Iron Man was one of the comic book heroes that wasn’t much on my radar when the film opened in May of 2008 and I didn’t really get why the film was so highly anticipated.  Aside from seeing the character on the big screen, many fans knew that this really was the first film in a new series of planned superhero films that would culminate in a gathering of The Avengers.  All eyes were on the film when it opened and when it was so well received, a collective sigh of relief was heard from fans and studio bosses alike.

The success of the film can really be attributed to Downey Jr.’s well formed portrayal of mega-billionaire Tony Stark who becomes Iron Man after nearly losing his life in a terrorist plot that takes up a good 40 minutes at the start of the film.  These crucial 40 minutes have a lot of mileage to cover and for me the movie just skimmed along at the beginning.  When Stark returns to his life after a spectacular break-out is when the film really started to jive in my eyes with the script allowing more interaction with Stark and his surroundings as he hones a new idea about where his life is headed.

Most definitely an origin story that seems like more of a set-up for the films that would follow it, there’s still no denying that there’s a lot of excitement to be had in this first installment of Iron Man.  Downey Jr. is pretty excellent as the flawed anti-hero that comes into his own over the course of the movie.  There’s nice support from Paltrow and even if her role isn’t as developed as it would be in future films, she has a great rapport with Downey Jr. that feels right.  Director Favreau takes a small role for his own and one wonders why he even bothered because there’s not much for him to do.  Knowing now that Don Cheadle would replace Howard as Stark’s best friend, it’s hard to give the peformance much of a review…only to say that Cheadle is much more suited to the role than Howard was.  Future Oscar-winner Bridges is the very essence of movie villainy but there’s a curious lack of danger as the film thunders toward a conclusion.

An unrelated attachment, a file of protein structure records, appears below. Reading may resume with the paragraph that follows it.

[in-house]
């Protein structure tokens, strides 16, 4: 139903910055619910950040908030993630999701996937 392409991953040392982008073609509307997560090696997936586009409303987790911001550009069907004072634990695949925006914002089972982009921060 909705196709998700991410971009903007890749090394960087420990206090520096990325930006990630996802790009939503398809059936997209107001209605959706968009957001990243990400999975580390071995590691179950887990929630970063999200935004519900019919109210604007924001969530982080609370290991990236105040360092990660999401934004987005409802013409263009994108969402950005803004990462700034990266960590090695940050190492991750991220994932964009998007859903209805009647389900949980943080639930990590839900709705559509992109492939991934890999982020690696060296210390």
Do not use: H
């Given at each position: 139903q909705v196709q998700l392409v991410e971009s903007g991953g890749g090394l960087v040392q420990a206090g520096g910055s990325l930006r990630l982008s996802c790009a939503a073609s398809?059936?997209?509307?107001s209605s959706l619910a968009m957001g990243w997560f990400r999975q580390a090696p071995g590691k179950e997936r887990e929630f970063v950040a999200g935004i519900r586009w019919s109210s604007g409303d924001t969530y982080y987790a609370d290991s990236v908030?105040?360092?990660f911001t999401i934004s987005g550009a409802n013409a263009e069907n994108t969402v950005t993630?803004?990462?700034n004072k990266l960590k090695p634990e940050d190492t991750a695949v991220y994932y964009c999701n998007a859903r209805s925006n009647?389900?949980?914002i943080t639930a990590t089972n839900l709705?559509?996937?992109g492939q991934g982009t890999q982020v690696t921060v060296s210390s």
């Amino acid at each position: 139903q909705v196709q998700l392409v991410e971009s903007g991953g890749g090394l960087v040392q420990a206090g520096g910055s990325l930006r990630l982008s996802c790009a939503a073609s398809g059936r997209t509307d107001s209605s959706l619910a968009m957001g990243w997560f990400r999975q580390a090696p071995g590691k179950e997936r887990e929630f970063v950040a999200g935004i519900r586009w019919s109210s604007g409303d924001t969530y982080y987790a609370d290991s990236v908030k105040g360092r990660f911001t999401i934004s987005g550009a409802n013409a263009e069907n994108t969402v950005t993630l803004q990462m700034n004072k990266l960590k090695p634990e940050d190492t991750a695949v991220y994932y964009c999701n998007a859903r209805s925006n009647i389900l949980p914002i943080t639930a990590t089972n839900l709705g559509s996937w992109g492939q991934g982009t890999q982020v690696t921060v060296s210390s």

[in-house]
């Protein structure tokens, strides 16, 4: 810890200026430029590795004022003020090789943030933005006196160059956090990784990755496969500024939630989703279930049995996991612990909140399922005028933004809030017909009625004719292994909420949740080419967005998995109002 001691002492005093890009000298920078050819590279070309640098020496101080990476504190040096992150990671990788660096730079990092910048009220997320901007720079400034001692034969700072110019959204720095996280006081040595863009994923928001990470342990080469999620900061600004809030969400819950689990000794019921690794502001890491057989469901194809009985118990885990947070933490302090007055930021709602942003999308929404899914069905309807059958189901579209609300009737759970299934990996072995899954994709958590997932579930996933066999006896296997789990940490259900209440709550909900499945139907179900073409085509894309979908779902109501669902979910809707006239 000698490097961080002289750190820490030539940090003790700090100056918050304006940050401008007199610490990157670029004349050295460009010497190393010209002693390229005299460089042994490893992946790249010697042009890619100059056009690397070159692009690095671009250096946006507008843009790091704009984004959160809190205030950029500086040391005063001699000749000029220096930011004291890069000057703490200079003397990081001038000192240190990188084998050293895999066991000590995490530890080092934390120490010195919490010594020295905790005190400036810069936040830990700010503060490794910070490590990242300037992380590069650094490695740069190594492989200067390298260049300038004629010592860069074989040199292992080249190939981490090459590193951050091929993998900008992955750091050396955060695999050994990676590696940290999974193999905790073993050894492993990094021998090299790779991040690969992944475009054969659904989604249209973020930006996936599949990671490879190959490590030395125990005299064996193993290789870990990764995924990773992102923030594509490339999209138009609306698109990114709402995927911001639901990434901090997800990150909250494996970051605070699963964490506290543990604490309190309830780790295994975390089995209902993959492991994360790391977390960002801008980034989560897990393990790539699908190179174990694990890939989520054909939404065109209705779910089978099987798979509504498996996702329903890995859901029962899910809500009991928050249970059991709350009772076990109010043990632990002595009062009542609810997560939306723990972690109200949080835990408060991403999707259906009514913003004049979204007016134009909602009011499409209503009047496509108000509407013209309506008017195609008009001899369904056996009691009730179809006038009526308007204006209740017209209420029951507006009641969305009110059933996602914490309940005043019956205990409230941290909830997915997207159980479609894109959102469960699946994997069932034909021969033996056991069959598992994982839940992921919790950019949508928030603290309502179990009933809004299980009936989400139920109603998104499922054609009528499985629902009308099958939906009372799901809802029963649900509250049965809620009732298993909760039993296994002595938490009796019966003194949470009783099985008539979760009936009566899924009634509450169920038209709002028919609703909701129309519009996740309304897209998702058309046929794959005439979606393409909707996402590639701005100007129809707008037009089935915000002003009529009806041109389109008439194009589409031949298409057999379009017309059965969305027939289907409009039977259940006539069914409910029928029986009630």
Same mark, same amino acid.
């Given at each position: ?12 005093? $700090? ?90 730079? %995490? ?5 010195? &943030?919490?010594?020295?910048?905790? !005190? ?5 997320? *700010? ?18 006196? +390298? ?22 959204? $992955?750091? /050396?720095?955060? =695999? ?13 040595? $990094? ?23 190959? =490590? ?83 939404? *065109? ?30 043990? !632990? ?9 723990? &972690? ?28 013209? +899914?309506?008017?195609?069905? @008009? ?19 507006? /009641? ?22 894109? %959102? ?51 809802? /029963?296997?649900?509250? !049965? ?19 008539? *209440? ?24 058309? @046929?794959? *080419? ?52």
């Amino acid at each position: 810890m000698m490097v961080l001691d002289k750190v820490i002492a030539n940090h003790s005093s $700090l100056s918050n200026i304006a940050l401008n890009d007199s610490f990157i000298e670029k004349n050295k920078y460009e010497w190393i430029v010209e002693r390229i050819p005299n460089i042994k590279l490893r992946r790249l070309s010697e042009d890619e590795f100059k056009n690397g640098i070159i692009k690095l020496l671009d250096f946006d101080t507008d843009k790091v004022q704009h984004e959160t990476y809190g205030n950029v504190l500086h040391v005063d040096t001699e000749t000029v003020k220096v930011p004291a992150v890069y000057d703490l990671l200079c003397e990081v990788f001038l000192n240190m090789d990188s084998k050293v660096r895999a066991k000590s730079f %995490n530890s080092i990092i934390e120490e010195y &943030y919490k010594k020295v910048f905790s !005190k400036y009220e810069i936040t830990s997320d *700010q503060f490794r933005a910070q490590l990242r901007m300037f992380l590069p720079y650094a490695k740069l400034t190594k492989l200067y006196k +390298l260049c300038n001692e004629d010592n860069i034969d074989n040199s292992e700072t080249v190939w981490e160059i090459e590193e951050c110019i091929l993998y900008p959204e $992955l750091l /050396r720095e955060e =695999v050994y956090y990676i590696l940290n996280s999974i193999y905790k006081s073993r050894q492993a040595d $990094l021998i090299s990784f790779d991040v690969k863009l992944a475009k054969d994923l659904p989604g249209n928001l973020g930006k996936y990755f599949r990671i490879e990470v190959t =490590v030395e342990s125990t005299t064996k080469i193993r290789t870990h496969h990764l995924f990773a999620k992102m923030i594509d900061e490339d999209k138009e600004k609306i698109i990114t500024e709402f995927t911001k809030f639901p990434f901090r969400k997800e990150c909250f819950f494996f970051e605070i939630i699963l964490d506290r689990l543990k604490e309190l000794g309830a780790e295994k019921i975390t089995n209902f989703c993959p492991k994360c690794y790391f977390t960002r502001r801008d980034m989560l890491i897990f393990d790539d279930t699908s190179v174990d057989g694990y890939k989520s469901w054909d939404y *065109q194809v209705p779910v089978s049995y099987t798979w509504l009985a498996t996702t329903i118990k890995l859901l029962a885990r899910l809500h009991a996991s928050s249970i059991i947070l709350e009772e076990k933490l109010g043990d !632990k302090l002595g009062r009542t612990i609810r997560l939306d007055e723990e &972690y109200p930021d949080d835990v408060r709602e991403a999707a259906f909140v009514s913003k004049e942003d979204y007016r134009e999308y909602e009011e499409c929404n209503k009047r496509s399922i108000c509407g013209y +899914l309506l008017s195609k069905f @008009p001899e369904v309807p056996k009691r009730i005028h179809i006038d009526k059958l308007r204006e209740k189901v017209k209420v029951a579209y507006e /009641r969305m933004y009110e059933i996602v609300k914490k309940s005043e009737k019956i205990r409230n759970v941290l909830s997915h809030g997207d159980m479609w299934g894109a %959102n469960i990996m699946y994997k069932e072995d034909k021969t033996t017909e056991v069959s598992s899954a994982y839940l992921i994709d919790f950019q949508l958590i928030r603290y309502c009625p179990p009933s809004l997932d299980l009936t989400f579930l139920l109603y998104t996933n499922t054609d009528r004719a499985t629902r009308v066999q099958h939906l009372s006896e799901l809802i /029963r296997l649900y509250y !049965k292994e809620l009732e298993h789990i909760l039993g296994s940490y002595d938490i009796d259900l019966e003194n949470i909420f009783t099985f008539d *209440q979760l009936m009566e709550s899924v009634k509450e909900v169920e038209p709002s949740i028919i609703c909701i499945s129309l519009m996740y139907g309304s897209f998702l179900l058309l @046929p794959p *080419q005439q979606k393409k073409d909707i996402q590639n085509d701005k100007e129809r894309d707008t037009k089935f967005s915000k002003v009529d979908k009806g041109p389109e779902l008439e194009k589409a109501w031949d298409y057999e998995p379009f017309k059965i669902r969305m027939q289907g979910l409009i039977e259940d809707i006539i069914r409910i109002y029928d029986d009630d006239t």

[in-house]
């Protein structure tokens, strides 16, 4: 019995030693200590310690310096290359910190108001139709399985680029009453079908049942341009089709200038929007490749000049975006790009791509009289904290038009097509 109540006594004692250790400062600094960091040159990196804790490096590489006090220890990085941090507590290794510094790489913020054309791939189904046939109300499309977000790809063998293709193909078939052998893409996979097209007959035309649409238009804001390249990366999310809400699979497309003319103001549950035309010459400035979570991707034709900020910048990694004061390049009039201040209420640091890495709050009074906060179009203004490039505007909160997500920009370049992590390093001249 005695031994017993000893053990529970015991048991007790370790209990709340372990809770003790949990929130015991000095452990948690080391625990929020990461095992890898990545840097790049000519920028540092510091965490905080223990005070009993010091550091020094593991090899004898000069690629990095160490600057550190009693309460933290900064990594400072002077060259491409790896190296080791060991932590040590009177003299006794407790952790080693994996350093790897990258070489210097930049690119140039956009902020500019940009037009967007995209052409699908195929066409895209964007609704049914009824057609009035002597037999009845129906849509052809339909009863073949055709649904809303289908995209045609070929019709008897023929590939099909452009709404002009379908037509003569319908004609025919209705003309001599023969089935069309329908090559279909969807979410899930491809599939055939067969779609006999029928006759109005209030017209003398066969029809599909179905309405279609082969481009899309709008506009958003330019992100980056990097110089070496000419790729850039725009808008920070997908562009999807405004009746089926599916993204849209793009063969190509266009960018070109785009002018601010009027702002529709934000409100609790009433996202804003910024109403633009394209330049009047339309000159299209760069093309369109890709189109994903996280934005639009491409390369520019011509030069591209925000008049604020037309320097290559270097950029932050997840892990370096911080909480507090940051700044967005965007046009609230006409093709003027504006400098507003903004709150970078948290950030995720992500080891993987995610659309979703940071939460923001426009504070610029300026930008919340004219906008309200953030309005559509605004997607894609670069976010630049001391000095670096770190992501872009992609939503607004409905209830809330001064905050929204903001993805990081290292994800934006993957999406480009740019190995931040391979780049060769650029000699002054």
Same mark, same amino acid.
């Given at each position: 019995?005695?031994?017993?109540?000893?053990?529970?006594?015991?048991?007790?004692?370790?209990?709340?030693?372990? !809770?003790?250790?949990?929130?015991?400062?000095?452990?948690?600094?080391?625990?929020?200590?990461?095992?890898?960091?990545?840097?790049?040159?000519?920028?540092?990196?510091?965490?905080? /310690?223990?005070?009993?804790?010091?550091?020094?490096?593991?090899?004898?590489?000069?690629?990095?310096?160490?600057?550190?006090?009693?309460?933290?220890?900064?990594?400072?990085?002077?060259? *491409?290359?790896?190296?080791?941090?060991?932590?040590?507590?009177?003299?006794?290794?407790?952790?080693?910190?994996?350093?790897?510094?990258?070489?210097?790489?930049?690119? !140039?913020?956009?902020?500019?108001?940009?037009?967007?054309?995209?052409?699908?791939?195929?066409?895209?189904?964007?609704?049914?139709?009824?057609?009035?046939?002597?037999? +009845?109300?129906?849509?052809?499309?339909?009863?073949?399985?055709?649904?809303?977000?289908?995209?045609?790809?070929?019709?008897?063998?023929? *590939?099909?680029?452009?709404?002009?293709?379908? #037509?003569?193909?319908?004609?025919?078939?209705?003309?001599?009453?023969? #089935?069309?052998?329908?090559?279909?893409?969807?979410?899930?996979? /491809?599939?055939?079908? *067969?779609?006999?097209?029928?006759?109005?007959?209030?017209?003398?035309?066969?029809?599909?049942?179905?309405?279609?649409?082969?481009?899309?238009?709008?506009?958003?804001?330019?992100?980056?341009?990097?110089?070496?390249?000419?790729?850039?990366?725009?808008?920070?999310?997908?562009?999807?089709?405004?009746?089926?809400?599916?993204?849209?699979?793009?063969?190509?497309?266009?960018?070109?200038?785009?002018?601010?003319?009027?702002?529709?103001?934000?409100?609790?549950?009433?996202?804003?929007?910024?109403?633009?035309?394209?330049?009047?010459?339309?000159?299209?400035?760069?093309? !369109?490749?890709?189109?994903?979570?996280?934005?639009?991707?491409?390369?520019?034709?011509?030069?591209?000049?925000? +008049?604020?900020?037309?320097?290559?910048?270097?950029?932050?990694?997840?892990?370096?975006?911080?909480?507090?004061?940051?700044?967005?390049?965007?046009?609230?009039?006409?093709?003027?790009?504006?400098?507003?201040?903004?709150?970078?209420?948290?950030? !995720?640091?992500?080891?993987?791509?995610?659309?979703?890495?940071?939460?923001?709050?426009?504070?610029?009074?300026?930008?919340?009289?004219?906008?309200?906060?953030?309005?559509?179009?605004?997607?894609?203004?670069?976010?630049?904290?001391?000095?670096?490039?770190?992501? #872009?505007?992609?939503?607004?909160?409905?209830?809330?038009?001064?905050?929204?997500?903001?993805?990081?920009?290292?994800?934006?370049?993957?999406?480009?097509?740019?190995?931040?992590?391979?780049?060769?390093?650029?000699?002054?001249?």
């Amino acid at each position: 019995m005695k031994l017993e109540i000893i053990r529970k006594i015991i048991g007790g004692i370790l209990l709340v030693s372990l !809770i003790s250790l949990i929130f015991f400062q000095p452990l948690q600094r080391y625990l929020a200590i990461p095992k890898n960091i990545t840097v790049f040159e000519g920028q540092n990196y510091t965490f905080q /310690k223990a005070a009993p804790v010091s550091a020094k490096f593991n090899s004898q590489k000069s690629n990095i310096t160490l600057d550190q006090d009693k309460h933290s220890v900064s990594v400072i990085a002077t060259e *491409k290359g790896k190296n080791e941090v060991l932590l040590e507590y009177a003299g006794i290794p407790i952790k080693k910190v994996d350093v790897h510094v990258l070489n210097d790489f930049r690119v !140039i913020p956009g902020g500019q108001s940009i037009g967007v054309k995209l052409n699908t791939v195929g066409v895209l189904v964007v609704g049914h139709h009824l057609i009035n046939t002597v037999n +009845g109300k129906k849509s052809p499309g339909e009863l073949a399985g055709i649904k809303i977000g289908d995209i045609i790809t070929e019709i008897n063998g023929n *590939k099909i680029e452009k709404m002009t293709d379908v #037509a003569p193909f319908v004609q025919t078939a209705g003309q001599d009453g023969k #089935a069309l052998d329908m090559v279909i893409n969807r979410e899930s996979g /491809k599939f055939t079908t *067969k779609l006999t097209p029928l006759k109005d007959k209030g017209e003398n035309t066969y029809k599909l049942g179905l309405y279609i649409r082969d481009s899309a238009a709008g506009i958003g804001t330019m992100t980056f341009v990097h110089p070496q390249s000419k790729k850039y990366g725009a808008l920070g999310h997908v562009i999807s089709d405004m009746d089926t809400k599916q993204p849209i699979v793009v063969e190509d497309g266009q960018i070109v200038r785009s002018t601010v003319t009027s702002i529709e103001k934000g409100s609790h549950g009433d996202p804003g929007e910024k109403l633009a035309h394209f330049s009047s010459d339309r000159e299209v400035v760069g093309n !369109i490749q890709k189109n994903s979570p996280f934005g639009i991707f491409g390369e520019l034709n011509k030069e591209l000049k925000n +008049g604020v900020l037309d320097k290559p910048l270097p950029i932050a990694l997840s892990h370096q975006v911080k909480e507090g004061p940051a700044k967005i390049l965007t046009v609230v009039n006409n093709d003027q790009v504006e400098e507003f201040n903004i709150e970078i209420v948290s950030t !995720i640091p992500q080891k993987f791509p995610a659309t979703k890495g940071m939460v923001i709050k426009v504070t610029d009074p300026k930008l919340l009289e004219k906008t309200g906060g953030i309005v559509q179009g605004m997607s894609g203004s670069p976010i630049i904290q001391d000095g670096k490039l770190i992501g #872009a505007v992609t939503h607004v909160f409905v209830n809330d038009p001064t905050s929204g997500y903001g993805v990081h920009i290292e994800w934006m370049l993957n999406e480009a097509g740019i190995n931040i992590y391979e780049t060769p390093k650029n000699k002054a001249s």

For an introduction to Tony Stark and the Iron Man world, this is a very entertaining film…even with some bugs in the system.

 

The Silver Bullet ~ Twenty Feet from Stardom

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Synopsis: Backup singers live in a world that lies just beyond the spotlight. Their voices bring harmony to the biggest bands in popular music, but we’ve had no idea these singers are or what lives they lead, until now.

Release Date:  June 14, 2013

Thoughts: When was the last time you really stopped to listen to the background singers on a piece of music?  Artists often contribute to their own backing vocals but more often than not those featured on the track are simply relegated to the linear notes (and with most music being digitized these well-sung, unsung heroes may never really be recognized).  The new documentary Twenty Feet from Stardom moves the spotlight from the lead singer to those a little further back that provide harmony and unity to the popular songs of yesterday and today and it looks to be a crowd-pleasing winner.  Filled with celebrity interviews and a look at a few notable backing vocalists, I’m very much looking forward to this June release.